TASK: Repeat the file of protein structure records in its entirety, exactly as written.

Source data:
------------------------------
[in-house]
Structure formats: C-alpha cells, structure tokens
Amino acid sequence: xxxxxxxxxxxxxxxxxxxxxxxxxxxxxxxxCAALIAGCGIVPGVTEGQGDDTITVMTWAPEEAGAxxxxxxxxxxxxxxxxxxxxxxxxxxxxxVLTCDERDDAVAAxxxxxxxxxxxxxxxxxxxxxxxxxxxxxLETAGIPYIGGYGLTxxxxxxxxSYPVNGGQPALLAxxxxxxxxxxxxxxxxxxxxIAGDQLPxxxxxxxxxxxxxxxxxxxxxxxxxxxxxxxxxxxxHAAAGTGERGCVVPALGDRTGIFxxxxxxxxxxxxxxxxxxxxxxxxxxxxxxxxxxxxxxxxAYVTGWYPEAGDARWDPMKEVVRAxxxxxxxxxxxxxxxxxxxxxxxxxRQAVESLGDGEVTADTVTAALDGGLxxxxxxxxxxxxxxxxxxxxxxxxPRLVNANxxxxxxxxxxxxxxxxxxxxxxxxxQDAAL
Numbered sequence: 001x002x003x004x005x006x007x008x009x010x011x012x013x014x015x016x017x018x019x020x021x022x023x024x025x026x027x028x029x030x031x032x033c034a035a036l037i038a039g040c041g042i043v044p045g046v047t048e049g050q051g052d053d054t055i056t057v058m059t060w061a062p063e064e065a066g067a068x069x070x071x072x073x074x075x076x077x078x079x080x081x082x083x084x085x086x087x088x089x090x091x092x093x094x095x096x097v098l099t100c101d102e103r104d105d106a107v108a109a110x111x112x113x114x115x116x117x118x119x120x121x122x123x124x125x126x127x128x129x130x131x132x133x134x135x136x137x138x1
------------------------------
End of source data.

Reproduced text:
[in-house]
Structure formats: C-alpha cells, structure tokens
Amino acid sequence: xxxxxxxxxxxxxxxxxxxxxxxxxxxxxxxxCAALIAGCGIVPGVTEGQGDDTITVMTWAPEEAGAxxxxxxxxxxxxxxxxxxxxxxxxxxxxxVLTCDERDDAVAAxxxxxxxxxxxxxxxxxxxxxxxxxxxxxLETAGIPYIGGYGLTxxxxxxxxSYPVNGGQPALLAxxxxxxxxxxxxxxxxxxxxIAGDQLPxxxxxxxxxxxxxxxxxxxxxxxxxxxxxxxxxxxxHAAAGTGERGCVVPALGDRTGIFxxxxxxxxxxxxxxxxxxxxxxxxxxxxxxxxxxxxxxxxAYVTGWYPEAGDARWDPMKEVVRAxxxxxxxxxxxxxxxxxxxxxxxxxRQAVESLGDGEVTADTVTAALDGGLxxxxxxxxxxxxxxxxxxxxxxxxPRLVNANxxxxxxxxxxxxxxxxxxxxxxxxxQDAAL
Numbered sequence: 001x002x003x004x005x006x007x008x009x010x011x012x013x014x015x016x017x018x019x020x021x022x023x024x025x026x027x028x029x030x031x032x033c034a035a036l037i038a039g040c041g042i043v044p045g046v047t048e049g050q051g052d053d054t055i056t057v058m059t060w061a062p063e064e065a066g067a068x069x070x071x072x073x074x075x076x077x078x079x080x081x082x083x084x085x086x087x088x089x090x091x092x093x094x095x096x097v098l099t100c101d102e103r104d105d106a107v108a109a110x111x112x113x114x115x116x117x118x119x120x121x122x123x124x125x126x127x128x129x130x131x132x133x134x135x136x137x138x1